This is an accessible and concise overview of Greek and Roman history writing. The ancient historians were not always objective or accurate, and their intentions for writing were very different from those of modern historians. This introductory guide helps to unravel some of the difficulties involved in dealing with ancient source material, placing the work of ancient historians in its political, social and historical context for the contemporary reader. The chapters survey all of the major historians whose works are encountered most often by students during their period of study, including Herodotus, Thucydides, Sallust and Livy, as well as more minor Greek and Roman historians. Further chapters assess works of biography and literature as historical source material. "Alexander the Great", the subject of multiple works of history, biography and fiction, provides an enlightening case study in ancient historiography. Timelines of major historical events will place the writers within their historical context, and each chapter includes a full bibliography for ease of reference.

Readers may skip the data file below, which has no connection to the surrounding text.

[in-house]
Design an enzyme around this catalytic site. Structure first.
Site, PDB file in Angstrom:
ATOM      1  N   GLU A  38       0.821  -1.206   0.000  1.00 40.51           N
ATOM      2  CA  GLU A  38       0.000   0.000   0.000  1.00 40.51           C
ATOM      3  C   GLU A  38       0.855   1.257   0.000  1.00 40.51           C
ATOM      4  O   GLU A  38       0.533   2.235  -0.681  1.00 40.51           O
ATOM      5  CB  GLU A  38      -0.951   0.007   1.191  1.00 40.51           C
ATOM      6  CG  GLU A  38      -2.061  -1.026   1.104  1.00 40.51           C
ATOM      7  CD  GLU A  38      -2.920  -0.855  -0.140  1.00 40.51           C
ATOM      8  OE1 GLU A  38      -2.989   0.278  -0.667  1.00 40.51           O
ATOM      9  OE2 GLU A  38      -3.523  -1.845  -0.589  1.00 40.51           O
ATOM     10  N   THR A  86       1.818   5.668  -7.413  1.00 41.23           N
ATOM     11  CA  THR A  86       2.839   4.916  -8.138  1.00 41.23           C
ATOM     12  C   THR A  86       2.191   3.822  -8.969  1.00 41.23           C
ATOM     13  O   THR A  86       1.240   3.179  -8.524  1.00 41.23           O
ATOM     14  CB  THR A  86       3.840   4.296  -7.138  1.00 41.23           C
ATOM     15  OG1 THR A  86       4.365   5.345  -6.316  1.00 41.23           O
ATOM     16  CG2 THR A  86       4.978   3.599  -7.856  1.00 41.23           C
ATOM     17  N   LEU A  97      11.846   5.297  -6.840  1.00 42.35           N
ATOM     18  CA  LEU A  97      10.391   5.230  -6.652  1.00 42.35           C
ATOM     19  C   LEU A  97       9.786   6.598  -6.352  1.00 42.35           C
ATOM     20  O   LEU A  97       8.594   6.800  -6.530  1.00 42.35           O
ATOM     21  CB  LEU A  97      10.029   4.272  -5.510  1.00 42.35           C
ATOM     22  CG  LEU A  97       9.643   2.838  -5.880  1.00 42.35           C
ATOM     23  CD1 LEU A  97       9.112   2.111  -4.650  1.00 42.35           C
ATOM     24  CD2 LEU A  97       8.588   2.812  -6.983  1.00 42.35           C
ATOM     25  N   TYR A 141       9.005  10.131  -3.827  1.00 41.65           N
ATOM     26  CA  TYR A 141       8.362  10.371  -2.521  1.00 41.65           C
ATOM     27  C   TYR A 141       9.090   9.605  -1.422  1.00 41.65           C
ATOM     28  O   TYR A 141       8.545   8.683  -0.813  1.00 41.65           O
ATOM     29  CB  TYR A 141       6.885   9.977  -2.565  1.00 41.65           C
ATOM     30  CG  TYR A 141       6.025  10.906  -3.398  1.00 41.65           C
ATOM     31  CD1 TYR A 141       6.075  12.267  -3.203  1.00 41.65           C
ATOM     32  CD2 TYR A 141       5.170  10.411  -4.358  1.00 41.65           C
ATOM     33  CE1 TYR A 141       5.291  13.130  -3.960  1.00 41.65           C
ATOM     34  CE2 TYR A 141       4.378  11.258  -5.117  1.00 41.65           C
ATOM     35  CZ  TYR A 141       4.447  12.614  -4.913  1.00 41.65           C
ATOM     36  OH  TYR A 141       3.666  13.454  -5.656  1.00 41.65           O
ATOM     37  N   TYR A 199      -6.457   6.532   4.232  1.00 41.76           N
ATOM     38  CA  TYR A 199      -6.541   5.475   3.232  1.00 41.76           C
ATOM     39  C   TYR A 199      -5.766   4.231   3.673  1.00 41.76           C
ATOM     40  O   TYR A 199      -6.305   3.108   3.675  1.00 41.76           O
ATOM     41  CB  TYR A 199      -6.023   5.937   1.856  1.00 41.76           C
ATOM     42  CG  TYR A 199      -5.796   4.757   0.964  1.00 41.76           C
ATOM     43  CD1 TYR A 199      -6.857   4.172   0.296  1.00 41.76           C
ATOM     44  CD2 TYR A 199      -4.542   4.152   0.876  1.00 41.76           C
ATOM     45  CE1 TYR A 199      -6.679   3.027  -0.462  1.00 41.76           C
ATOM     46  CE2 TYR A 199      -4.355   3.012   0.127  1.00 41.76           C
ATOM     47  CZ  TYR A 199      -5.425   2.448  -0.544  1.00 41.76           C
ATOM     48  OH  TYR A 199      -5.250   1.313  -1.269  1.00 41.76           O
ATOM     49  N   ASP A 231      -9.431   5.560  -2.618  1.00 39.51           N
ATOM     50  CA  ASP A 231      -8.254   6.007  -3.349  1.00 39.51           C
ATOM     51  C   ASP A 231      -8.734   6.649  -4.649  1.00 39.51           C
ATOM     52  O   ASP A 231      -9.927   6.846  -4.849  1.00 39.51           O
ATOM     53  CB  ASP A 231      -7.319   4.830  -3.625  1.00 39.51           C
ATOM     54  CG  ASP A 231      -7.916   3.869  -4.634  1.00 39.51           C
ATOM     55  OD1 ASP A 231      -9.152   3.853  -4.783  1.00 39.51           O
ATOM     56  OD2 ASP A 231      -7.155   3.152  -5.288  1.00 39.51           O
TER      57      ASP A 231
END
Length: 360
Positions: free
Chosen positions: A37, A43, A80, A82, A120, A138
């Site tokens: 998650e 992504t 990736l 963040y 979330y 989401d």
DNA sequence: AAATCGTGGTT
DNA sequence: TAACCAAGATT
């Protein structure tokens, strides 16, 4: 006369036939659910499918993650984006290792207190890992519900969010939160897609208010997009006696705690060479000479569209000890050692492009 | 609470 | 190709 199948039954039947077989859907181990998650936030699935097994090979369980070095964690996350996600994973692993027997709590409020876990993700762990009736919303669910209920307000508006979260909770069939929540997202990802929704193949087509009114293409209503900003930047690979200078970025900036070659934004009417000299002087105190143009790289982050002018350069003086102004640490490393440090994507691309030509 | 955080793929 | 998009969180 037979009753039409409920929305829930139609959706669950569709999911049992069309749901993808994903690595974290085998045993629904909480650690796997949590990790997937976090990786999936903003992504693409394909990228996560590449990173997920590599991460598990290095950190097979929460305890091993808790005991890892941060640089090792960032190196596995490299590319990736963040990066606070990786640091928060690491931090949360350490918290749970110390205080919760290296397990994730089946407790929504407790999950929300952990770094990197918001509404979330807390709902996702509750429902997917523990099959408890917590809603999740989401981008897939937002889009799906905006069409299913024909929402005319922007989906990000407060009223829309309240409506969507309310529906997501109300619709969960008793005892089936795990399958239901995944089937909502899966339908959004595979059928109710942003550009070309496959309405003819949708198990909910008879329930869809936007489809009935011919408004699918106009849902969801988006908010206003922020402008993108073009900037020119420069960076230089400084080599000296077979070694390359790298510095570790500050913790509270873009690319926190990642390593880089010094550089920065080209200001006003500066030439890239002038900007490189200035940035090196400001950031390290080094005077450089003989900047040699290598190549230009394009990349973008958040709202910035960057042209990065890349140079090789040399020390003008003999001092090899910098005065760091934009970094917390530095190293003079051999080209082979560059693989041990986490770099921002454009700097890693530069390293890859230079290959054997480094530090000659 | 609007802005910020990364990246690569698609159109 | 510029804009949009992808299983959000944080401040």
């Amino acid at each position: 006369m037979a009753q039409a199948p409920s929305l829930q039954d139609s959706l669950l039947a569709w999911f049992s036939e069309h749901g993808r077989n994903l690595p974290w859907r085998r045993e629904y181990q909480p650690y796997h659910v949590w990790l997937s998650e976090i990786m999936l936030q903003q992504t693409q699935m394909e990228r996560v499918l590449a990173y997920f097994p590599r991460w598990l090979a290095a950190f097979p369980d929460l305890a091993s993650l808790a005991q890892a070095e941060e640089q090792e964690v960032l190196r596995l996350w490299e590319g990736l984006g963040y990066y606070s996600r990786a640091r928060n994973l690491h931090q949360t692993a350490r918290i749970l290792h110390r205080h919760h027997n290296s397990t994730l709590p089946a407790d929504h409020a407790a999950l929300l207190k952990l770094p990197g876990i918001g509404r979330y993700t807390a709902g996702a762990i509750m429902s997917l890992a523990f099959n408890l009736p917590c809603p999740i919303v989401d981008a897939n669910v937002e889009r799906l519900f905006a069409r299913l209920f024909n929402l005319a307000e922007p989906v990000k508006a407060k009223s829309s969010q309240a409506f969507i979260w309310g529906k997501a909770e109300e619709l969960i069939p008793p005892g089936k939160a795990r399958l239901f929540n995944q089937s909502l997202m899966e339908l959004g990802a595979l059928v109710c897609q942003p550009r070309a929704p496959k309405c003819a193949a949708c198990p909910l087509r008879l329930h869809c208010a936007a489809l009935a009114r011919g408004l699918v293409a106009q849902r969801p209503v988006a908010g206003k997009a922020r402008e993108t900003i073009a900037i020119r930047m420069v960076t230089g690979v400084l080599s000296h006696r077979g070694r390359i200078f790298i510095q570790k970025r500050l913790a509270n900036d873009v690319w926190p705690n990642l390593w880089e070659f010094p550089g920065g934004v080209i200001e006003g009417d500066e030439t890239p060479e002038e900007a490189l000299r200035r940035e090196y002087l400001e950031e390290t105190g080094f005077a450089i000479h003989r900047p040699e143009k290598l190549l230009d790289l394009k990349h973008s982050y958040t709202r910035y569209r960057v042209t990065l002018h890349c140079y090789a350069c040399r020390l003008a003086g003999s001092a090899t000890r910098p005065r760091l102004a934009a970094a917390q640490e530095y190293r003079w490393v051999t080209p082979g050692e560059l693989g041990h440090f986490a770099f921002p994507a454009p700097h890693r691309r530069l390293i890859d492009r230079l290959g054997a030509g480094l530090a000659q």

Susan Sorek is a research affiliate at the Open University, UK. Her volume The Jews Against Rome was published by Continuum in 2008.
Introduction; 1. The Early Historians - Greece Fifth and Fourth Century BC; 2. Herodotus, Father of History; 3. Thucydides; 4. Xenophon; 5. Minor Greek Historians; 6. The Roman Republic; 7. Polybius; 8. Caesar; 9. Sallust; 10. Livy; 11. The Imperial period to the fall of Rome; 12. Josephus; 13. Tacitus; 14. Dio Cassius; 15. Ammianus Marcellinus; 16. Early Church Historians; 17. Minor Roman Historians; 18. Biography as History - Suetonius and Plutarch; 19. Men of Letters - the historical value of Cicero and Pliny the Younger; 20. Literature as History; 21. Other Sources; 22. Alexander the Great - a Case Study; 23. Summary and Conclusions.